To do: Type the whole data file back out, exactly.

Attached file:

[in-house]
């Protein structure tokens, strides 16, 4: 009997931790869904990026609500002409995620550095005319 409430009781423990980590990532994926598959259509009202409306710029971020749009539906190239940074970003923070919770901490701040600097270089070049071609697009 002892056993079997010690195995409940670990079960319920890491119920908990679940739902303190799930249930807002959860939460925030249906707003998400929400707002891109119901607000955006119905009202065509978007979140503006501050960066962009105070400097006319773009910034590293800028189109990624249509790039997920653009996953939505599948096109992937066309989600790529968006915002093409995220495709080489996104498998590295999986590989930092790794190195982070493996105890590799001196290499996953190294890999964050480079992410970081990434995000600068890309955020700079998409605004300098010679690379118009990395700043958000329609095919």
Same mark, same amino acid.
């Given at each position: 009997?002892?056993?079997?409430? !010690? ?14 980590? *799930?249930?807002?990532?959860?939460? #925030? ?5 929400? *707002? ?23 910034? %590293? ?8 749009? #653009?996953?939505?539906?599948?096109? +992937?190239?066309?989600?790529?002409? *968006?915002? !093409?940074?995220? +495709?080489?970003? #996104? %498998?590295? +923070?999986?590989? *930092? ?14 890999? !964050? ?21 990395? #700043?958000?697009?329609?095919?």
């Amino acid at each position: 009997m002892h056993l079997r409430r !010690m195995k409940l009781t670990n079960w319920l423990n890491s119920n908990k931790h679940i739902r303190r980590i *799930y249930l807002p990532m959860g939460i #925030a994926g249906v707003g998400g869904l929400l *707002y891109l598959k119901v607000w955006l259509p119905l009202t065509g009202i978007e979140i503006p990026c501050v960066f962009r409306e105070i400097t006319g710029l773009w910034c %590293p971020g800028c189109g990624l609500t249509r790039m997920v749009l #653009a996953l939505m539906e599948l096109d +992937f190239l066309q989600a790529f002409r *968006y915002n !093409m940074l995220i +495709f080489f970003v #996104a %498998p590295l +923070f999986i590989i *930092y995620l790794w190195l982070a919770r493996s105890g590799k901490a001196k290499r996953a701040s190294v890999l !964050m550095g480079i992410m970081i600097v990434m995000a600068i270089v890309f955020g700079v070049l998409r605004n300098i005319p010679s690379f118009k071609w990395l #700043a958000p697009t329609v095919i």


[in-house]
């Protein structure tokens, strides 16, 4: 009997931790869904990026609500002409995620550095005319 409430009781423990980590990532994926598959259509009202409306710029971020749009539906190239940074970003923070919770901490701040600097270089070049071609697009 002892056993079997010690195995409940670990079960319920890491119920908990679940739902303190799930249930807002959860939460925030249906707003998400929400707002891109119901607000955006119905009202065509978007979140503006501050960066962009105070400097006319773009910034590293800028189109990624249509790039997920653009996953939505599948096109992937066309989600790529968006915002093409995220495709080489996104498998590295999986590989930092790794190195982070493996105890590799001196290499996953190294890999964050480079992410970081990434995000600068890309955020700079998409605004300098010679690379118009990395700043958000329609095919």
Same mark, same amino acid.
């Given at each position: 009997?002892?056993?079997?409430? !010690? ?14 980590? *799930?249930?807002?990532?959860?939460? #925030? ?5 929400? *707002? ?23 910034? %590293? ?8 749009? #653009?996953?939505?539906?599948?096109? +992937?190239?066309?989600?790529?002409? *968006?915002? !093409?940074?995220? +495709?080489?970003? #996104? %498998?590295? +923070?999986?590989? *930092? ?14 890999? !964050? ?21 990395? #700043?958000?697009?329609?095919?």
């Amino acid at each position: 009997m002892h056993l079997r409430r !010690m195995k409940l009781t670990n079960w319920l423990n890491s119920n908990k931790h679940i739902r303190r980590i *799930y249930l807002p990532m959860g939460i #925030a994926g249906v707003g998400g869904l929400l *707002y891109l598959k119901v607000w955006l259509p119905l009202t065509g009202i978007e979140i503006p990026c501050v960066f962009r409306e105070i400097t006319g710029l773009w910034c %590293p971020g800028c189109g990624l609500t249509r790039m997920v749009l #653009a996953l939505m539906e599948l096109d +992937f190239l066309q989600a790529f002409r *968006y915002n !093409m940074l995220i +495709f080489f970003v #996104a %498998p590295l +923070f999986i590989i *930092y995620l790794w190195l982070a919770r493996s105890g590799k901490a001196k290499r996953a701040s190294v890999l !964050m550095g480079i992410m970081i600097v990434m995000a600068i270089v890309f955020g700079v070049l998409r605004n300098i005319p010679s690379f118009k071609w990395l #700043a958000p697009t329609v095919i």